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Hepatitis A

Last update: 2022-06-07

Key facts

Transmission

  • Unwashed hands, objects contaminated with human waste (stools)
  • Food and water contaminated with human waste (focus especially on fruits,
  • raw vegetables, cold meat, raw shellfish and ice)
  • Close physical contact with an infectious person (not casual everyday contact)

Symptoms

  • Some people with Hepatitis A, especially children, do not show signs of disease at all.
  • Symptoms can include tiredness, fever, loss of appetite, stomach pain, nausea, dark urine and
  • yellowing of the skin or whites of the eyes (jaundice).

Prevention

  • Handwashing with soap (especially after using the toilet or cleaning a baby)
  • Safe, clean drinking water (including a clean, covered water container in the household)
  • Use of appropriate sanitation facilities (sound, clean latrines)
  • Good food hygiene (thoroughly cooked food, covered food, clean utensils, etc.)
  • Social mobilization and behaviour change communication
  • Routine vaccination

Vulnerable people

  • Older children and adults
  • People living in areas that have poor water, sanitation and hygiene facilities and services
  • People who live in crowded conditions

If an epidemic occurs

  • Detect and refer cases to health facilities
  • Promote handwashing with soap (especially after using the toilet or cleaning a baby)
  • Promote safe, clean drinking water (including a clean, covered water container in the household)
  • Promote use of appropriate sanitation facilities (sound, clean latrines)
  • Promote good food hygiene (thoroughly cooked food, covered food, clean utensils, etc.)
  • Increase social mobilization and behaviour change communication
  • Support mass vaccination campaign
  • Promote recommended health practices

Community-based assessment - questions

Make a map of the community and mark the information you gather on the map. Record other details.

  • When did people start to fall sick with hepatitis A?
  • How many people have fallen sick with hepatitis A? Where?
  • How many people have died from hepatitis A? Where?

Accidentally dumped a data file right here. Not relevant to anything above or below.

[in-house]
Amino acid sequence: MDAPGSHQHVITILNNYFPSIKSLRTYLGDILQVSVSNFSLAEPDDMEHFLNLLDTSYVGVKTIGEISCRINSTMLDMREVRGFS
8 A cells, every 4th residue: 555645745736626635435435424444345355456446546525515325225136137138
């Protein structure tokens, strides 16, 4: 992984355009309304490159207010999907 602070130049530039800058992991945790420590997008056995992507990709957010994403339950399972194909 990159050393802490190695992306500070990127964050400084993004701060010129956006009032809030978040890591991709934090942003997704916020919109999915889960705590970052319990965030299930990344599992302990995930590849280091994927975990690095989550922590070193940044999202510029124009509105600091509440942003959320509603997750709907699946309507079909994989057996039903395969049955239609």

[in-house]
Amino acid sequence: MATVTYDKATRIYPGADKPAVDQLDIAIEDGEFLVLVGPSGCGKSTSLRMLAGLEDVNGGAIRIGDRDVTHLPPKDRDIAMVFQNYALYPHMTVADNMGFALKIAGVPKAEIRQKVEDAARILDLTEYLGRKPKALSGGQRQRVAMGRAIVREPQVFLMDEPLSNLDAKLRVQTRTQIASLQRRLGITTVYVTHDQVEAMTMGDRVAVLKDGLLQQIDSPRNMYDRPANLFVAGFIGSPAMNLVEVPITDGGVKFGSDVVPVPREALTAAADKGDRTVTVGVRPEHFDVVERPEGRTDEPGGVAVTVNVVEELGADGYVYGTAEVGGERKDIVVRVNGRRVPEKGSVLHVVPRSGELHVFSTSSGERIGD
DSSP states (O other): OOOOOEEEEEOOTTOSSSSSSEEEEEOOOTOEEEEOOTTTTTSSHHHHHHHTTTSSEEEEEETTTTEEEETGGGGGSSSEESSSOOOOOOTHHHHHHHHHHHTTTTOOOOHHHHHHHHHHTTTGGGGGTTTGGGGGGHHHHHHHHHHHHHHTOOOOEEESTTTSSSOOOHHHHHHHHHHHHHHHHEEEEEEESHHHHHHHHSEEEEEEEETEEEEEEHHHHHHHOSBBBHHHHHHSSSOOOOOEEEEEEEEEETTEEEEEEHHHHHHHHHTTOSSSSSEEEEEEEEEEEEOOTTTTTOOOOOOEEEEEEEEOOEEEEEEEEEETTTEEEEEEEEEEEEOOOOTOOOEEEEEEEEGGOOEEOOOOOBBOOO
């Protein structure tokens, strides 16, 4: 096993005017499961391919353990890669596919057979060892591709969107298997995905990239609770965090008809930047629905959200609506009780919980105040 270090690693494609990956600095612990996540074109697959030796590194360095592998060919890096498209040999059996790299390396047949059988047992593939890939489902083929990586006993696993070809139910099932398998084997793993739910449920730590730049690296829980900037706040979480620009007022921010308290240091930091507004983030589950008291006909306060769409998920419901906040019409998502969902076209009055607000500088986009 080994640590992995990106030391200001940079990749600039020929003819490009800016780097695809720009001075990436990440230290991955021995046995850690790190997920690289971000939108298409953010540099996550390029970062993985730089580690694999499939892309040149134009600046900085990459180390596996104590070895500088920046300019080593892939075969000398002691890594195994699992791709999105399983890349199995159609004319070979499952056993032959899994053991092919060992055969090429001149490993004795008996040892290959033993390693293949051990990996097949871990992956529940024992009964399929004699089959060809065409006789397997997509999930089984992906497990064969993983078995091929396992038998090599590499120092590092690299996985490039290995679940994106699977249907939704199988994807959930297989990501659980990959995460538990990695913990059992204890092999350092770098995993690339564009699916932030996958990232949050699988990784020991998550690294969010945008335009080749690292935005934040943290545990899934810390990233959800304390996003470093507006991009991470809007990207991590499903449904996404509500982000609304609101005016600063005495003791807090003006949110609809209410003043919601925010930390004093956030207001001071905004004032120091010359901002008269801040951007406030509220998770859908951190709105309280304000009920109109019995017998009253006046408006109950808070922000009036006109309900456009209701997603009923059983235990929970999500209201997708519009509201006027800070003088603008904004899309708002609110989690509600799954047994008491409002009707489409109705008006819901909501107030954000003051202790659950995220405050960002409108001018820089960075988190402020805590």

• How many people live in the affected community or area? How many children under five years of age live in the area?
  • Who and where are the vulnerable people?
  • Are children in the affected community generally well nourished?
  • Do people always have enough food?
  • How common is breastfeeding?
  • Where do people obtain their drinking water? Is the source safe? Do people treat their water?
  • What sanitation facilities (including communal latrines) are available? Do people use them?
  • What handwashing facilities are available? Do they have soap?
  • Where are the local health facilities and services? (Include traditional and community carers.)
  • What are the community’s habits, practices and beliefs about caring for and feeding sick people? When babies and infants are sick, do women continue to breastfeed them?
  • Is a vaccination programme planned or in place?
  • Is a social mobilization or health promotion programme in place?
  • What are the community’s habits, practices and beliefs about hygiene, sanitation and water?
  • Which sources or channels of information do people use most?
  • Are rumours or is misinformation about hepatitis A spreading in the community?
  • Can people identify the signs and symptoms of dehydration?
  • Do people know how to make oral rehydration solution (ORS)?
  • Do they have resources at hand to make it?
  • Do people know how to treat water?